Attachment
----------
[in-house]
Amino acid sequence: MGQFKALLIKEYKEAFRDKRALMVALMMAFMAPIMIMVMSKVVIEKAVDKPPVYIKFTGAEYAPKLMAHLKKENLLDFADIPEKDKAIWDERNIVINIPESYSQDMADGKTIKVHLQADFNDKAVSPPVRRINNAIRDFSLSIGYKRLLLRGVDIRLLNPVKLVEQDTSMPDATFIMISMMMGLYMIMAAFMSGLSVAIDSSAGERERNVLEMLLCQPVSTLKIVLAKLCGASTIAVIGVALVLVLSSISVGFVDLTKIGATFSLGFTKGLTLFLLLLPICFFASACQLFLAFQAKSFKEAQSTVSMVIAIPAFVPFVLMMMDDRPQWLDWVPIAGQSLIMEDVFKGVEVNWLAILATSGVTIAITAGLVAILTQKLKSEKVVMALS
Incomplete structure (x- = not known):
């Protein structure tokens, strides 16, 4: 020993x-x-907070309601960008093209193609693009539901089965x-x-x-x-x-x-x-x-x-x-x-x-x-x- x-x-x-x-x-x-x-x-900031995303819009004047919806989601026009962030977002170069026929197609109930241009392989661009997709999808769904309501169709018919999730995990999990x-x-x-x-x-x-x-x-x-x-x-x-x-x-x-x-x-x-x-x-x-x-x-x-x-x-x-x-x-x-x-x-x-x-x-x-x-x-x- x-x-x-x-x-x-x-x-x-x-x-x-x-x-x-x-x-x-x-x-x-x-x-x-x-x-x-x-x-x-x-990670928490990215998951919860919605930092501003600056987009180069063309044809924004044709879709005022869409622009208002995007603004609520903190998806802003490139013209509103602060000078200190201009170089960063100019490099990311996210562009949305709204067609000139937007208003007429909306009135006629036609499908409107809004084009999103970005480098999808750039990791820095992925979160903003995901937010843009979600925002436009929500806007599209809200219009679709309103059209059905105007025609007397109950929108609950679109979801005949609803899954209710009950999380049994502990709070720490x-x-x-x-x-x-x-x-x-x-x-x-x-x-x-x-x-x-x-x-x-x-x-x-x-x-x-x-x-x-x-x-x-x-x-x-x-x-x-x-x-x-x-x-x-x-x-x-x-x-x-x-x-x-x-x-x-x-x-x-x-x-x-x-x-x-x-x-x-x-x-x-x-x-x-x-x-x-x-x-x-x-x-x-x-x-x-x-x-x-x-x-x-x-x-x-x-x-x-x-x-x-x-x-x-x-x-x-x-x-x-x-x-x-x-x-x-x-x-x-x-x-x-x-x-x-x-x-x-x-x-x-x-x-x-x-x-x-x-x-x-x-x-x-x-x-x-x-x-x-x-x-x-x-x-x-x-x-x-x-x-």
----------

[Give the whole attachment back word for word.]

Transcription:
[in-house]
Amino acid sequence: MGQFKALLIKEYKEAFRDKRALMVALMMAFMAPIMIMVMSKVVIEKAVDKPPVYIKFTGAEYAPKLMAHLKKENLLDFADIPEKDKAIWDERNIVINIPESYSQDMADGKTIKVHLQADFNDKAVSPPVRRINNAIRDFSLSIGYKRLLLRGVDIRLLNPVKLVEQDTSMPDATFIMISMMMGLYMIMAAFMSGLSVAIDSSAGERERNVLEMLLCQPVSTLKIVLAKLCGASTIAVIGVALVLVLSSISVGFVDLTKIGATFSLGFTKGLTLFLLLLPICFFASACQLFLAFQAKSFKEAQSTVSMVIAIPAFVPFVLMMMDDRPQWLDWVPIAGQSLIMEDVFKGVEVNWLAILATSGVTIAITAGLVAILTQKLKSEKVVMALS
Incomplete structure (x- = not known):
């Protein structure tokens, strides 16, 4: 020993x-x-907070309601960008093209193609693009539901089965x-x-x-x-x-x-x-x-x-x-x-x-x-x- x-x-x-x-x-x-x-x-900031995303819009004047919806989601026009962030977002170069026929197609109930241009392989661009997709999808769904309501169709018919999730995990999990x-x-x-x-x-x-x-x-x-x-x-x-x-x-x-x-x-x-x-x-x-x-x-x-x-x-x-x-x-x-x-x-x-x-x-x-x-x-x- x-x-x-x-x-x-x-x-x-x-x-x-x-x-x-x-x-x-x-x-x-x-x-x-x-x-x-x-x-x-x-990670928490990215998951919860919605930092501003600056987009180069063309044809924004044709879709005022869409622009208002995007603004609520903190998806802003490139013209509103602060000078200190201009170089960063100019490099990311996210562009949305709204067609000139937007208003007429909306009135006629036609499908409107809004084009999103970005480098999808750039990791820095992925979160903003995901937010843009979600925002436009929500806007599209809200219009679709309103059209059905105007025609007397109950929108609950679109979801005949609803899954209710009950999380049994502990709070720490x-x-x-x-x-x-x-x-x-x-x-x-x-x-x-x-x-x-x-x-x-x-x-x-x-x-x-x-x-x-x-x-x-x-x-x-x-x-x-x-x-x-x-x-x-x-x-x-x-x-x-x-x-x-x-x-x-x-x-x-x-x-x-x-x-x-x-x-x-x-x-x-x-x-x-x-x-x-x-x-x-x-x-x-x-x-x-x-x-x-x-x-x-x-x-x-x-x-x-x-x-x-x-x-x-x-x-x-x-x-x-x-x-x-x-x-x-x-x-x-x-x-x-x-x-x-x-x-x-x-x-x-x-x-x-x-x-x-x-x-x-x-x-x-x-x-x-x-x-x-x-x-x-x-x-x-x-x-x-x-x-």